The late James Mirrlees, an economist who set out to address social injustice, found that the top marginal income tax rate should be only about 20 percent; and moreover, it should be about the same 20 percent for everyone. Mirrlees’s work justified what is now known as a “flat tax,” more appropriately called a “flat tax rate.”
    Mirrlees wrote, “I must confess that I had expected the rigorous analysis of income taxation in the utilitarian manner to provide arguments for high tax rates. It has not done so.”
    To achieve what many say they want to achieve – a fairer society for all does require a certain attention to detail. The deadweight effect of taxation is most pronounced at the margin, particularly where there is a steep jump in marginal rates as there currently is when income goes from 20% to 40%.
    Mirrlees work also proved that the only tax that carry’s no deadweight tax is Land Value tax and that additional taxes should be levied on consumption not production. The optimum system of taxation (carrying the least deadweight costs) is one based on a foundation of Land Value tax that addresses equity and inequality, a flat rate income tax and consumption taxes llke VAT, alcohol, tobacco and fuel duties.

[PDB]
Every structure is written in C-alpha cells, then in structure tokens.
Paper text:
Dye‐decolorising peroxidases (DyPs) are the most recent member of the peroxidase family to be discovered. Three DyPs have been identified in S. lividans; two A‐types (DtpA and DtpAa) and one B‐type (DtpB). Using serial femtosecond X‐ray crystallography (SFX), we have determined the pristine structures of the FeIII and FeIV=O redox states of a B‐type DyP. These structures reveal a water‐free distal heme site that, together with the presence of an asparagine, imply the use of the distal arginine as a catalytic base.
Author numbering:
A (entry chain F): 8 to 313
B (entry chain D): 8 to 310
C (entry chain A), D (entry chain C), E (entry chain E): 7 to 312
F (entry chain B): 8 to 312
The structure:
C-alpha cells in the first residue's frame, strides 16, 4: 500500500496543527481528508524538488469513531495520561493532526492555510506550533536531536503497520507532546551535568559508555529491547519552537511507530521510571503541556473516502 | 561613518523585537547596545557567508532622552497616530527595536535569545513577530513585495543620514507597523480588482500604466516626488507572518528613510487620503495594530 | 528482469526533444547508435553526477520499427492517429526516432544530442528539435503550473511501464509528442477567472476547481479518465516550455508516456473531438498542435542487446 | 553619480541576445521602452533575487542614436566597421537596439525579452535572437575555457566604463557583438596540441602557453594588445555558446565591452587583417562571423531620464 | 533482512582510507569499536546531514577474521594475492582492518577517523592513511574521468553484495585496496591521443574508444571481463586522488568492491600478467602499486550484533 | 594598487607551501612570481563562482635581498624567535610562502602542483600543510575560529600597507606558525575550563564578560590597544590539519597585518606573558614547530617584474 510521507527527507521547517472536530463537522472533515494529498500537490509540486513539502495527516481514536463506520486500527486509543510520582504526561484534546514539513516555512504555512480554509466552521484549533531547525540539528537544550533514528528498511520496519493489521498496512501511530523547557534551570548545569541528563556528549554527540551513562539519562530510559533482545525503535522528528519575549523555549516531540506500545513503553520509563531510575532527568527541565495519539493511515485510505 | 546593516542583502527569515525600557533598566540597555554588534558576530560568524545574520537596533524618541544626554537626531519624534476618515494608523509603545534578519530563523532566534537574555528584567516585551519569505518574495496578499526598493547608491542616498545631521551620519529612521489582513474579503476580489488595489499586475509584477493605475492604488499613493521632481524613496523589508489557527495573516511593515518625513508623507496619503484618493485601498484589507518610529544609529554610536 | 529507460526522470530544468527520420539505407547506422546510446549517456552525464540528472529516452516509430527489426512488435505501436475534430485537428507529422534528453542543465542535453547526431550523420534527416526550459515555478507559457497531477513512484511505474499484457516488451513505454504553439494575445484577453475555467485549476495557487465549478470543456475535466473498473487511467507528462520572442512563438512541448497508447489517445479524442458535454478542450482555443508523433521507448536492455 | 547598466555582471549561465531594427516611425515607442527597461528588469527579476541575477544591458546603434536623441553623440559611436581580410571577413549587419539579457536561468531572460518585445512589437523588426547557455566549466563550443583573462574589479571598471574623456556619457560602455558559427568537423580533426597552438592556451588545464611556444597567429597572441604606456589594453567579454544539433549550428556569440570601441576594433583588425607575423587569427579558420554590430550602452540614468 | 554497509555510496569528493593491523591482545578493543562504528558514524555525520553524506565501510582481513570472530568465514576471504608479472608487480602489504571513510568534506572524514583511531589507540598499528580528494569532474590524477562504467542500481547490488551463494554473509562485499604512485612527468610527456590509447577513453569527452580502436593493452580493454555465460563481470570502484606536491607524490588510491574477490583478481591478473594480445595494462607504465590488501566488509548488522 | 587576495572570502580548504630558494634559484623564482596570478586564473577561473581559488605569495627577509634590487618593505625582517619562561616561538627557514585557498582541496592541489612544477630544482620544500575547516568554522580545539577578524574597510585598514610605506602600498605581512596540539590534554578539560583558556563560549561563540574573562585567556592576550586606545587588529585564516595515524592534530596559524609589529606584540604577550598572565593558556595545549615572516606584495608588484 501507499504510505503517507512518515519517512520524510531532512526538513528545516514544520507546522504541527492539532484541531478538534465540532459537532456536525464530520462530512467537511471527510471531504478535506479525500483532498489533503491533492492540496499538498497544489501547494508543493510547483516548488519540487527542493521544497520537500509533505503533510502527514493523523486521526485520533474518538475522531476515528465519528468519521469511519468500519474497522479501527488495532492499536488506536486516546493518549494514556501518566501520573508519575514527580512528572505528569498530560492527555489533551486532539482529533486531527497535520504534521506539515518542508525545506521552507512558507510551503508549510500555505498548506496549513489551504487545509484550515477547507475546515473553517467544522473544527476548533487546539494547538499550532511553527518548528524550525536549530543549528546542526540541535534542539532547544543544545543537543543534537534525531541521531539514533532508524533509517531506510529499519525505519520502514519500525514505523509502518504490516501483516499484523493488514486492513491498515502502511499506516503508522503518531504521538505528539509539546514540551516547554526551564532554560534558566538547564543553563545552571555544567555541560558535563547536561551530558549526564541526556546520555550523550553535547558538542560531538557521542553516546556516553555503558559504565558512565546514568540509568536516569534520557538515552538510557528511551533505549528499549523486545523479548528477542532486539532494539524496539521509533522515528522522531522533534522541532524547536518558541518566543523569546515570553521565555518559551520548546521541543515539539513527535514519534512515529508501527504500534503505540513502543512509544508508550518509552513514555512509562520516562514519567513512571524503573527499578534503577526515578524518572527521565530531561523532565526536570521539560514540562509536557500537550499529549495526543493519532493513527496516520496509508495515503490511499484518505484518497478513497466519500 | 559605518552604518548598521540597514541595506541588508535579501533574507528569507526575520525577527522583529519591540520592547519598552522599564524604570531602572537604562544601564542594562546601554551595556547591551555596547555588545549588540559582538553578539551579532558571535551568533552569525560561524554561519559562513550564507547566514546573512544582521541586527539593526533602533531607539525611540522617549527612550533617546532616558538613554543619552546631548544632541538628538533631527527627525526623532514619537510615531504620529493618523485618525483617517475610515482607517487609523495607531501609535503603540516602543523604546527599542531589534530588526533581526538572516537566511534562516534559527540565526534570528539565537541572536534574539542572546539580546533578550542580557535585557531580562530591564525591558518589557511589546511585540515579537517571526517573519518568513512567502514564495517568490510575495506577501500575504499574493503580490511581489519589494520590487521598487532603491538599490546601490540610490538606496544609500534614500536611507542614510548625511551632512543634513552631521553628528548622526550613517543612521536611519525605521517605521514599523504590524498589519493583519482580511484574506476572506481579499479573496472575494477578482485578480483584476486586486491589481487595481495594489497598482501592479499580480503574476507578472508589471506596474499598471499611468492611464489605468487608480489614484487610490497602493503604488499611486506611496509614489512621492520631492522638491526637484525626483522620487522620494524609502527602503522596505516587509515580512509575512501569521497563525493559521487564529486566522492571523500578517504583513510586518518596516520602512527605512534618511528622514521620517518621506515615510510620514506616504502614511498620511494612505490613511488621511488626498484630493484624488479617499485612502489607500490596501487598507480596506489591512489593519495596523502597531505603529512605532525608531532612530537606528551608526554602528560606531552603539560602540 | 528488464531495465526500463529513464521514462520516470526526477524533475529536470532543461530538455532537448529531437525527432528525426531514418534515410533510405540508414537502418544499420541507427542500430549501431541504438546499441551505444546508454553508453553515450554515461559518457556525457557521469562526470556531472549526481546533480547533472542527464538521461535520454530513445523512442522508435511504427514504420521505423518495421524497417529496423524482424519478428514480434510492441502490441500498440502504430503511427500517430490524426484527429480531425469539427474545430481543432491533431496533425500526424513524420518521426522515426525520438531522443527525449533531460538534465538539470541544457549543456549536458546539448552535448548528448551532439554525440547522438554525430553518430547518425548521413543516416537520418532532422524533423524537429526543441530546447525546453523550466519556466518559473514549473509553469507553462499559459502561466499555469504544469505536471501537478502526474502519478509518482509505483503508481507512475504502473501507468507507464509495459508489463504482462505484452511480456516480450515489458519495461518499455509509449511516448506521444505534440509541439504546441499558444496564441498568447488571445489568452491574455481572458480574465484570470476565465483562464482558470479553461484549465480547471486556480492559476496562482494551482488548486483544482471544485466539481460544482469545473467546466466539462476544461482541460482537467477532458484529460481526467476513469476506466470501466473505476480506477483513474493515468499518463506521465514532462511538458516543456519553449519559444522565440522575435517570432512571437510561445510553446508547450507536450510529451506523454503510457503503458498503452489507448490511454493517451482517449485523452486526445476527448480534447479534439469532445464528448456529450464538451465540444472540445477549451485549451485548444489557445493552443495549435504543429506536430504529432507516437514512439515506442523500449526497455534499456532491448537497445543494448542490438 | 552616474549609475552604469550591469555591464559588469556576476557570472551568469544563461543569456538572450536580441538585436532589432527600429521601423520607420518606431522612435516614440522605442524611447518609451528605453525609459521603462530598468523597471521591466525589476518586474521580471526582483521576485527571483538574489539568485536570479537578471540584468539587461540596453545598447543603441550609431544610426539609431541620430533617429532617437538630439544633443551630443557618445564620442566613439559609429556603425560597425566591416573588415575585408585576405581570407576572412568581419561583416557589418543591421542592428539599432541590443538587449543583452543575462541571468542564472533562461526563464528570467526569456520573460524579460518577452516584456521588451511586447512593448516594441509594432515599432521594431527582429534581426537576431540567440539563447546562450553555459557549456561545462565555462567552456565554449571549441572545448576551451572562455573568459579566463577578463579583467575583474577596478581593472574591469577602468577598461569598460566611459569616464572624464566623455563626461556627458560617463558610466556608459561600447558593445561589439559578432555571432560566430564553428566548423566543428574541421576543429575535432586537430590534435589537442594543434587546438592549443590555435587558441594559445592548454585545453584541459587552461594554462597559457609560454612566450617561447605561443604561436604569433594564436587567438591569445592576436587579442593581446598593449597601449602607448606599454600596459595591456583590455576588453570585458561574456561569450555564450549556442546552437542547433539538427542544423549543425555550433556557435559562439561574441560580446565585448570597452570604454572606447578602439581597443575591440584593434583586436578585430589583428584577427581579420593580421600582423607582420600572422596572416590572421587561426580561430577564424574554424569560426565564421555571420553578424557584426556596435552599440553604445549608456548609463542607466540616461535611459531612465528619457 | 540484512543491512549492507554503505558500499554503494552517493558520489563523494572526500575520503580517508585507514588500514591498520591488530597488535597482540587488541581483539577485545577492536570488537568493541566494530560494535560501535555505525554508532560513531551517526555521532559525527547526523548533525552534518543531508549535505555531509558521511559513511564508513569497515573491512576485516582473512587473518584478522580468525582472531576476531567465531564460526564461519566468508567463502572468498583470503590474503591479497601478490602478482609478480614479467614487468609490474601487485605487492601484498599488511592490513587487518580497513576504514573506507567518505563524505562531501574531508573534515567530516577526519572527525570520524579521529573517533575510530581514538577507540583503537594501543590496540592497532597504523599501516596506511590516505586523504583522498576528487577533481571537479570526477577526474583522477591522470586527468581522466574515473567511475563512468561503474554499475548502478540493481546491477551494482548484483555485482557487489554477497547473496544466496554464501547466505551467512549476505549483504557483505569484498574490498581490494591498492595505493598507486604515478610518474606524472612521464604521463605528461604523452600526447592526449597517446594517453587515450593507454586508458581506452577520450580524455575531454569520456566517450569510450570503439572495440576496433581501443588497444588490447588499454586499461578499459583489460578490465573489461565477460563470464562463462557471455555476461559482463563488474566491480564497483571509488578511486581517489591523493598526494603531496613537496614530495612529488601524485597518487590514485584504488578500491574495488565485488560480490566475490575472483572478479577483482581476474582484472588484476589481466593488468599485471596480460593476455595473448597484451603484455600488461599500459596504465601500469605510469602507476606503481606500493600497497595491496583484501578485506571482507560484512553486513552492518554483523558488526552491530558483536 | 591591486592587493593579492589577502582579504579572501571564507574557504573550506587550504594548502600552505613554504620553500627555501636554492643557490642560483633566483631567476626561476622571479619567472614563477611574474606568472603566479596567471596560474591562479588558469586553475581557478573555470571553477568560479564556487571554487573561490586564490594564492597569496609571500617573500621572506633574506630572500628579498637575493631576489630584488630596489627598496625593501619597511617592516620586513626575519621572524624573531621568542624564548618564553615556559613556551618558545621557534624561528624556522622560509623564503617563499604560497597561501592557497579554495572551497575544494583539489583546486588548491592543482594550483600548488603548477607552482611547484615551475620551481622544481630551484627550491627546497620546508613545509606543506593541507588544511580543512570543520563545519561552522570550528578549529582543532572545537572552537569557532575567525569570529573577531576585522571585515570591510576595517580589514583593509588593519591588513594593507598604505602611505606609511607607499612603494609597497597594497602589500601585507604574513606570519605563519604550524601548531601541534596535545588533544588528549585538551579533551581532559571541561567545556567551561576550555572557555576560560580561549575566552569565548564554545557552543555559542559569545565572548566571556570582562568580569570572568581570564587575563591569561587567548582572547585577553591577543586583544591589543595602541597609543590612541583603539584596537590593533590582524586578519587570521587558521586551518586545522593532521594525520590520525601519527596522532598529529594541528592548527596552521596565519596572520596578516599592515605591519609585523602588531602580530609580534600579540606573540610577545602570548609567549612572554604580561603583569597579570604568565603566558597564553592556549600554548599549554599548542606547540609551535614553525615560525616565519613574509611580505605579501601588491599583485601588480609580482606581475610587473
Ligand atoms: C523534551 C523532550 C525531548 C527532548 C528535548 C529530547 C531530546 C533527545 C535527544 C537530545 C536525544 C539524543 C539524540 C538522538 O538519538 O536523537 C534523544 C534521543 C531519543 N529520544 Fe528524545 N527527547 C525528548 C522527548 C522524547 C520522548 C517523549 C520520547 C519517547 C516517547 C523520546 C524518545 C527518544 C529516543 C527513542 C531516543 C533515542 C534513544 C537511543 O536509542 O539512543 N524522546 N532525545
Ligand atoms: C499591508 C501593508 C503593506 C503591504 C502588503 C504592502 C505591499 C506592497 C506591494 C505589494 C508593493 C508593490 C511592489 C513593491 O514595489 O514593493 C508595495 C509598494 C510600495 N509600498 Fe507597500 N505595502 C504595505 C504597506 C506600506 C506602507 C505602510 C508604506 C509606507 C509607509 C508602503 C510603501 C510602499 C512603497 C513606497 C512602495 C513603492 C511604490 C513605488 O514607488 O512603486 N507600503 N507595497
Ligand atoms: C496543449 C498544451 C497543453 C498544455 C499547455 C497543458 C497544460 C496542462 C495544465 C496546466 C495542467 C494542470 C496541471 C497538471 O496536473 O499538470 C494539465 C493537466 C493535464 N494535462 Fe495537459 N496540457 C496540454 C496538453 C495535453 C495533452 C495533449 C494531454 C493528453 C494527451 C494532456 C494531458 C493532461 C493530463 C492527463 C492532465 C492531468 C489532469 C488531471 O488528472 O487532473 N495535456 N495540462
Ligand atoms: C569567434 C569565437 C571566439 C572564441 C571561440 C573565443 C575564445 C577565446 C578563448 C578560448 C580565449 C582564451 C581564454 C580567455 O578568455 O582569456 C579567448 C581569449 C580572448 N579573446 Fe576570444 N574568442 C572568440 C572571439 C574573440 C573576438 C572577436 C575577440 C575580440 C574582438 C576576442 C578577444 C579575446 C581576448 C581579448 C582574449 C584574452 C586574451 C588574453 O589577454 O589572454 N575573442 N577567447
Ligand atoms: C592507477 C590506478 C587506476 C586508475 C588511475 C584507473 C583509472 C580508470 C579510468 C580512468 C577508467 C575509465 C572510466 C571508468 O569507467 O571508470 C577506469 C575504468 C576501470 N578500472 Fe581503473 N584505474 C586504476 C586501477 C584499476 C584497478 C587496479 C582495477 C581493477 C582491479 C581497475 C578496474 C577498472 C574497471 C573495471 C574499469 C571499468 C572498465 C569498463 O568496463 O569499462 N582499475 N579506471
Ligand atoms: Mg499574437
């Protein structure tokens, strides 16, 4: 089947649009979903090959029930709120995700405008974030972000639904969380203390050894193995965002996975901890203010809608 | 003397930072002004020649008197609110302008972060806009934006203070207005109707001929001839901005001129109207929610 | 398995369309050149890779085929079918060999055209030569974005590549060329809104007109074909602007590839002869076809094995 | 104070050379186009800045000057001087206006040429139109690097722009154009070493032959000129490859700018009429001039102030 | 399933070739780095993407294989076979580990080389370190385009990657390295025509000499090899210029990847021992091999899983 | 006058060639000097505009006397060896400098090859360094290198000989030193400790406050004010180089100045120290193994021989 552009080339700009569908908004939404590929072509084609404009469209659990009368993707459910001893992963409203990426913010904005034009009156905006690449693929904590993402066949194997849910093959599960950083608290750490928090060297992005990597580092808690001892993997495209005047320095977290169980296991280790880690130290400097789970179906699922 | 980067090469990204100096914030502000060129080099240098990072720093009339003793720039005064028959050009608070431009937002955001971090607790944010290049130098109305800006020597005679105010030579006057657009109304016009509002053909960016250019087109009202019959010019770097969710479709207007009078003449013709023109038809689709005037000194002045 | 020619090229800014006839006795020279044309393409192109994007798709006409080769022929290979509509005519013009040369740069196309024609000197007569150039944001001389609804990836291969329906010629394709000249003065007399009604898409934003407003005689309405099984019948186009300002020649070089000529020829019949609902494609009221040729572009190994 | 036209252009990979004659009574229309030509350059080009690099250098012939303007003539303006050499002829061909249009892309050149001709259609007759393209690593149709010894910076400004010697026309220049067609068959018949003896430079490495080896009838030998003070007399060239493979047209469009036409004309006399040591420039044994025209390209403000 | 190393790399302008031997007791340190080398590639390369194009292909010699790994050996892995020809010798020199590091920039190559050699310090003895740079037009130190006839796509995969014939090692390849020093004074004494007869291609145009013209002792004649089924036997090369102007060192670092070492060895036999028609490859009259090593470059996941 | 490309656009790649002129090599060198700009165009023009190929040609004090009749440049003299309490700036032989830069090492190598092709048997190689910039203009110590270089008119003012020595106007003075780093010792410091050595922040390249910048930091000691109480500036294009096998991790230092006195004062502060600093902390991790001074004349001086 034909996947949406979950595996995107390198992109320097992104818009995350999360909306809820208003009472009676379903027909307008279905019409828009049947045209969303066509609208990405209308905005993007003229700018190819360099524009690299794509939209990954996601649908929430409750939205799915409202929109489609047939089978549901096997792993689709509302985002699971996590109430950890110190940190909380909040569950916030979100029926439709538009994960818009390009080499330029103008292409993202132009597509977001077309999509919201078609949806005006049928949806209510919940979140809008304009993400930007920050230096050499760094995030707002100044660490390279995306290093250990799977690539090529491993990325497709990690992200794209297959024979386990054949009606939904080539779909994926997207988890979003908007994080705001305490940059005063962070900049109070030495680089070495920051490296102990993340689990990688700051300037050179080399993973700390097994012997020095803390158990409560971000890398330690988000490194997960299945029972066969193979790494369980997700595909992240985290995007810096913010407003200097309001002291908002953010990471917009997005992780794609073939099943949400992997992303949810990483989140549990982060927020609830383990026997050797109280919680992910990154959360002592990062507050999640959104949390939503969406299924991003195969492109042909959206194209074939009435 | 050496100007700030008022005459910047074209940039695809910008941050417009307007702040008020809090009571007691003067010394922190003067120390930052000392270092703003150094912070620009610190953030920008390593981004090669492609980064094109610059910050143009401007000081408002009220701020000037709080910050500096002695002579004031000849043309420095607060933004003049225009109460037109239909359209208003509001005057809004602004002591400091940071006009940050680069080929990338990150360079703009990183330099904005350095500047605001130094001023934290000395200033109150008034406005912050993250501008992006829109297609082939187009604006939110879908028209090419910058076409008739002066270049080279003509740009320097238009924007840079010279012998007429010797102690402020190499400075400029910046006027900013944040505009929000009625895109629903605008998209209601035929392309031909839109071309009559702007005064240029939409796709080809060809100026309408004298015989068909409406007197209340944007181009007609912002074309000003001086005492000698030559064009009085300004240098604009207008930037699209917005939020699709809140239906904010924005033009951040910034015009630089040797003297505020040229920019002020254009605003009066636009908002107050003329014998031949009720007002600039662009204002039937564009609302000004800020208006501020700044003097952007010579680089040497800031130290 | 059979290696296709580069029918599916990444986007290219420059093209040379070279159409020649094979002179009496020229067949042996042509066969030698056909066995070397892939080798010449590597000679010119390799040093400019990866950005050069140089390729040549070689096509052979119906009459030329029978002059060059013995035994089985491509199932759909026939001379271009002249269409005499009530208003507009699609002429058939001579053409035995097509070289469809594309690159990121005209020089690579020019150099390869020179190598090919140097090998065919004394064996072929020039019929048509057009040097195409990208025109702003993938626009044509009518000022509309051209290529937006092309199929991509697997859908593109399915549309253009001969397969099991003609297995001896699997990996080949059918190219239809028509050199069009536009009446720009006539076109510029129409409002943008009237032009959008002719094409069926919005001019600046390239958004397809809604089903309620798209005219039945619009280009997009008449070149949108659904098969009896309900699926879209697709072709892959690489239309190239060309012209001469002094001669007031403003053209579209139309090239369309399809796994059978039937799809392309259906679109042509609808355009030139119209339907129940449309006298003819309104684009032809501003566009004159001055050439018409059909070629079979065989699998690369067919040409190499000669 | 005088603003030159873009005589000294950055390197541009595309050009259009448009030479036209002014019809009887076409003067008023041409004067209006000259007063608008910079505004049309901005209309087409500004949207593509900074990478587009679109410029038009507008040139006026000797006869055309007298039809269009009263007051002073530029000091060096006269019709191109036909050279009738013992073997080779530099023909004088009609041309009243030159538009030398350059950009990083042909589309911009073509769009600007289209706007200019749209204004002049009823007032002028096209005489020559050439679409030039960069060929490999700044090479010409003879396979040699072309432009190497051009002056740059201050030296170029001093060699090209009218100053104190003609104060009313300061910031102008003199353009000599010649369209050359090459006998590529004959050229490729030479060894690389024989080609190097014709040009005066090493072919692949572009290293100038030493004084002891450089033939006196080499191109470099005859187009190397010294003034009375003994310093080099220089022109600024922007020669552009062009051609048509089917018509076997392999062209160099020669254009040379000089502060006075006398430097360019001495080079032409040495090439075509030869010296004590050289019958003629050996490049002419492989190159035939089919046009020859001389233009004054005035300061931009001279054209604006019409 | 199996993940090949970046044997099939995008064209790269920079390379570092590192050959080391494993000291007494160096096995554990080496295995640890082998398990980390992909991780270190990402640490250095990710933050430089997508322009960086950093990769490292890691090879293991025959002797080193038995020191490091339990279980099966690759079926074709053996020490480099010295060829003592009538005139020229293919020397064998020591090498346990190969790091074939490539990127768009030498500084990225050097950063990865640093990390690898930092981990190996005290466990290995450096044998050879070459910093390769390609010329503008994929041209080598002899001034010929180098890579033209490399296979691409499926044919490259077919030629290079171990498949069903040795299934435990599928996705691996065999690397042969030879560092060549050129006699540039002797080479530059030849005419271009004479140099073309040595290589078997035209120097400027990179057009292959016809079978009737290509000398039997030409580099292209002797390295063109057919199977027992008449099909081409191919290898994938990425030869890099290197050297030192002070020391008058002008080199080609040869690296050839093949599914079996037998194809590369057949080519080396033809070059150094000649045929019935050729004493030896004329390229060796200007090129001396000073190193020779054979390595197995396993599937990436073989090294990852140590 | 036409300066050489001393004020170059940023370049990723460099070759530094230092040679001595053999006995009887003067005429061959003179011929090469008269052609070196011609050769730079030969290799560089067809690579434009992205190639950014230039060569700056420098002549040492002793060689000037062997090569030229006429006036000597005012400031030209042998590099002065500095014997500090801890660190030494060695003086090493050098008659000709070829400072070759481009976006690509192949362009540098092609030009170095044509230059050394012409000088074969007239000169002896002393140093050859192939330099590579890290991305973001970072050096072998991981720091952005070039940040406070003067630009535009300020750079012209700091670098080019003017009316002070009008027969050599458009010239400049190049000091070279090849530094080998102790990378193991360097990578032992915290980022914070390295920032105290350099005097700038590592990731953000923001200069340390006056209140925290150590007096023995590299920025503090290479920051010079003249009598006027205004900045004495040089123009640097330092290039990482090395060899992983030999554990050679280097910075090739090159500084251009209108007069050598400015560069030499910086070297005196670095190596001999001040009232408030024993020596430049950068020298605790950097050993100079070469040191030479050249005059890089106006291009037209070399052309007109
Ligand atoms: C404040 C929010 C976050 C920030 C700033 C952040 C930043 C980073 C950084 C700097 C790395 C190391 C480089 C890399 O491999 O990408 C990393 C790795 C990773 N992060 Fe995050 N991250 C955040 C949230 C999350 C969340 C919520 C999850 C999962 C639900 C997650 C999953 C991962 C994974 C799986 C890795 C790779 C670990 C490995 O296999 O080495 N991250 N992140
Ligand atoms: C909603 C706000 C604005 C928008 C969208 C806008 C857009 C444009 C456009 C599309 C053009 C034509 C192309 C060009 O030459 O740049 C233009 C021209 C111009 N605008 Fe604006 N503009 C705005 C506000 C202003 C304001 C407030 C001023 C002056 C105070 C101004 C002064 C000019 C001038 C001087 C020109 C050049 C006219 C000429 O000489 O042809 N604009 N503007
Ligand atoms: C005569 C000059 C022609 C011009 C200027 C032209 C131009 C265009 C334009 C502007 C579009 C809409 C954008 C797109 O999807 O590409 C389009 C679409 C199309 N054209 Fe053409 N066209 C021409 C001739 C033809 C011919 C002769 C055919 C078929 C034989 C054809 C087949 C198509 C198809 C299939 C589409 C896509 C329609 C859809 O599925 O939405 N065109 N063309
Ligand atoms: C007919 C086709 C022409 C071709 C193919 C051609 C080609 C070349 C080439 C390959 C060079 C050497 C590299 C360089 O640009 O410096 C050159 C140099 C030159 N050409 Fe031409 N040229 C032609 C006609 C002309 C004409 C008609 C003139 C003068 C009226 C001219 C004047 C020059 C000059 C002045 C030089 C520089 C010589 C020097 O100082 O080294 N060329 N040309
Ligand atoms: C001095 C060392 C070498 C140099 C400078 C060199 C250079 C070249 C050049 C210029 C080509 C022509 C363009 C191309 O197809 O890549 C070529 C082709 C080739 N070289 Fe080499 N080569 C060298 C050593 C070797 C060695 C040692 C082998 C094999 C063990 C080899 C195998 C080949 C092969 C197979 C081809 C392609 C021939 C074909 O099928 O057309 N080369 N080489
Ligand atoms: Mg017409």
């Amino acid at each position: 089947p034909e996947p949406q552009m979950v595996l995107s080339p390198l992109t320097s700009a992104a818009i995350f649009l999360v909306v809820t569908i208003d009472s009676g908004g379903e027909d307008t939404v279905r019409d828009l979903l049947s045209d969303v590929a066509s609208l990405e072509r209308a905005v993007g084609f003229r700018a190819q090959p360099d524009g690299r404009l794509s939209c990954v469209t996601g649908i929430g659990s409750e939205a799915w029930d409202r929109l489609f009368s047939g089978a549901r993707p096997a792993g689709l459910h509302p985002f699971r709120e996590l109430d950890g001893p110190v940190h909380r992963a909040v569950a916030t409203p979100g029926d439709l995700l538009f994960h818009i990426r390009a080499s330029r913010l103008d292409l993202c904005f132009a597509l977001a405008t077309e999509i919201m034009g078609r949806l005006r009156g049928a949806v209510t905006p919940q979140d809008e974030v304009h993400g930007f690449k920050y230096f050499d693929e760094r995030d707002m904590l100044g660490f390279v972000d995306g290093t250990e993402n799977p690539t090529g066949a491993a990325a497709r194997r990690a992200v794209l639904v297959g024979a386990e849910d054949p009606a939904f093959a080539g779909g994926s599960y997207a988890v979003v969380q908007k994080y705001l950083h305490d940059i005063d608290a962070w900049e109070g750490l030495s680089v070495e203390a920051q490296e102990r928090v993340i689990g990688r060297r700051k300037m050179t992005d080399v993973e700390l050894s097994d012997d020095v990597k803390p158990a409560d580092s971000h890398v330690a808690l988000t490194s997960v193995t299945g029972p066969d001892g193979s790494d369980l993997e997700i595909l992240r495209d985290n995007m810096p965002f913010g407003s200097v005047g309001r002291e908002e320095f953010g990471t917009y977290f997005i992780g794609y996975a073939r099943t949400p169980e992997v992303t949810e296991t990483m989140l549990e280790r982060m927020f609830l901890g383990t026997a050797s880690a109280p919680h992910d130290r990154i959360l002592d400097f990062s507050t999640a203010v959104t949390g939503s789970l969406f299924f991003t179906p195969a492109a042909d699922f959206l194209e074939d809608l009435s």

The integration of tax and benefits via a negative income tax system completes the circle allowing for the replacement of welfare benefits and/or state pensions with a UBI.

  • Mick Taylor 29th Oct '18 - 8:19am

    Let’s look at all this another way. We adopted, with great fanfare, a policy of driving up income tax allowances and indeed put that into practice during the coalition.